There is absolutely nothing in these statements that calls for anyone to act dishonorably, or to betray anyone’s trust. It is entirely possible to hold the positions stated above without secretly wanting Glenn to “violate my agreement with my source” or “subject him to massively increased legal risks” or override the agency of someone who risked their life and liberty. Such a thing never crossed my mind, and I have never seen anyone else advocate such a thing. Nor is it the logical conclusion — or, in Glenn’s strict binary world, the only conclusion — one can draw from criticism of this methodology. Glenn berates me for attacking “straw men,” but the amount of fury and space he expends on this single wisp is astonishing. He has whupped it good and proper; but as it is not a position I have ever held, I don’t quite see the point.
This sort of furious illogic runs all through the comment. He says: “You made a point of saying that you’ve almost never criticized Snowden. That’s exactly the point: you can’t rationally criticize the methods I’ve used to report these documents without criticizing Snowden.” Well, I didn’t make a particular point about it; I was merely replying to the accusation of Carl Kandutsch that I had “repeatedly disparaged” Snowden. I said, no, the only direct criticism I’ve made concerned his recent remarks to the EU about the need to cooperate with “government stakeholders” in dealing with whistleblower revelations. Given the fact that he is now being hounded by the relevant government stakeholders in our national security system, I felt this might not be the wisest course. I did agree with Arthur Silber that if the state was brought into the loop on such revelations, then we could indeed end up with what are, in effect, state-sanctioned leaks.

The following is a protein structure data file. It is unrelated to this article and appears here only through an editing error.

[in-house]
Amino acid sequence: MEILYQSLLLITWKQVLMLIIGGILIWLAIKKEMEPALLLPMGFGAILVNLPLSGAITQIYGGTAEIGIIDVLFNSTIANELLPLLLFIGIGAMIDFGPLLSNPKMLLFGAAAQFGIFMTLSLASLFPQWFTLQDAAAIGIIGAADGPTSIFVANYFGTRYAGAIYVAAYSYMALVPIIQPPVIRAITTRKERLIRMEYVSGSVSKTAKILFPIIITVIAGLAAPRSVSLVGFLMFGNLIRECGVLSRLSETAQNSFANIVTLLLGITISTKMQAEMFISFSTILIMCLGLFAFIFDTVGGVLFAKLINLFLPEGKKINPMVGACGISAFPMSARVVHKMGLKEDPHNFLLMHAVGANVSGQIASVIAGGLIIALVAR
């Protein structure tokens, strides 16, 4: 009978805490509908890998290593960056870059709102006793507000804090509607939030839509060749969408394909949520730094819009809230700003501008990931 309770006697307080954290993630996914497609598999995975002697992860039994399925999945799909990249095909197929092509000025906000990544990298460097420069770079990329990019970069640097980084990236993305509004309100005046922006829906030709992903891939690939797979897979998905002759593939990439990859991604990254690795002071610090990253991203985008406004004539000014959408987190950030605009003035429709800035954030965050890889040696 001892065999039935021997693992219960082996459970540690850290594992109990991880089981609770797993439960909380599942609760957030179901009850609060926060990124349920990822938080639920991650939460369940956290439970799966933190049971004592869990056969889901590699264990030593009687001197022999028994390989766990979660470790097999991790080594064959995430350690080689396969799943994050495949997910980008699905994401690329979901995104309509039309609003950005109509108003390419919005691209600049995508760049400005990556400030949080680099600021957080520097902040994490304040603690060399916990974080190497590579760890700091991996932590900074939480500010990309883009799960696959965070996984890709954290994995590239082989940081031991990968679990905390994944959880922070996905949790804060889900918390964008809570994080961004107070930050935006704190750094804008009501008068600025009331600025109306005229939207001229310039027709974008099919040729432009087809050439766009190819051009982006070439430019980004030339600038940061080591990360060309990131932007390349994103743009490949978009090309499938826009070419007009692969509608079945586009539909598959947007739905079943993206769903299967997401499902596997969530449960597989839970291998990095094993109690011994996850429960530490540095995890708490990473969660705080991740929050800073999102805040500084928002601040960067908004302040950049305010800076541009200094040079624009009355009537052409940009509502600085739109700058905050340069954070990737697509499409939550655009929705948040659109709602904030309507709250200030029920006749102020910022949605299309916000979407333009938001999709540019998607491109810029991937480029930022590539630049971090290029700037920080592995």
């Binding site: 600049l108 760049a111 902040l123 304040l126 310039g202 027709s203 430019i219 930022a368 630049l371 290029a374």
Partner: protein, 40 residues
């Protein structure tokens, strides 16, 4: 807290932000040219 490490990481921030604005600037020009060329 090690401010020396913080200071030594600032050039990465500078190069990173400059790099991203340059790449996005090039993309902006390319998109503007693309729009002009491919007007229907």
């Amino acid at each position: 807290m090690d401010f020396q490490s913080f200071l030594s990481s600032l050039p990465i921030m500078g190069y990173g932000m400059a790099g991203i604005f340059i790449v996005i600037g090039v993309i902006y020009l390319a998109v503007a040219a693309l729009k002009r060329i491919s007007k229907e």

However, if Glenn insists that to criticize the method of disseminating the NSA archive is to also criticize Snowden, then yes, I will plead guilty of questioning Snowden on this point as well. But as I said above, criticizing an action or decision of someone in danger is not at all the same thing as disparaging them or denying their courage or anything of the sort.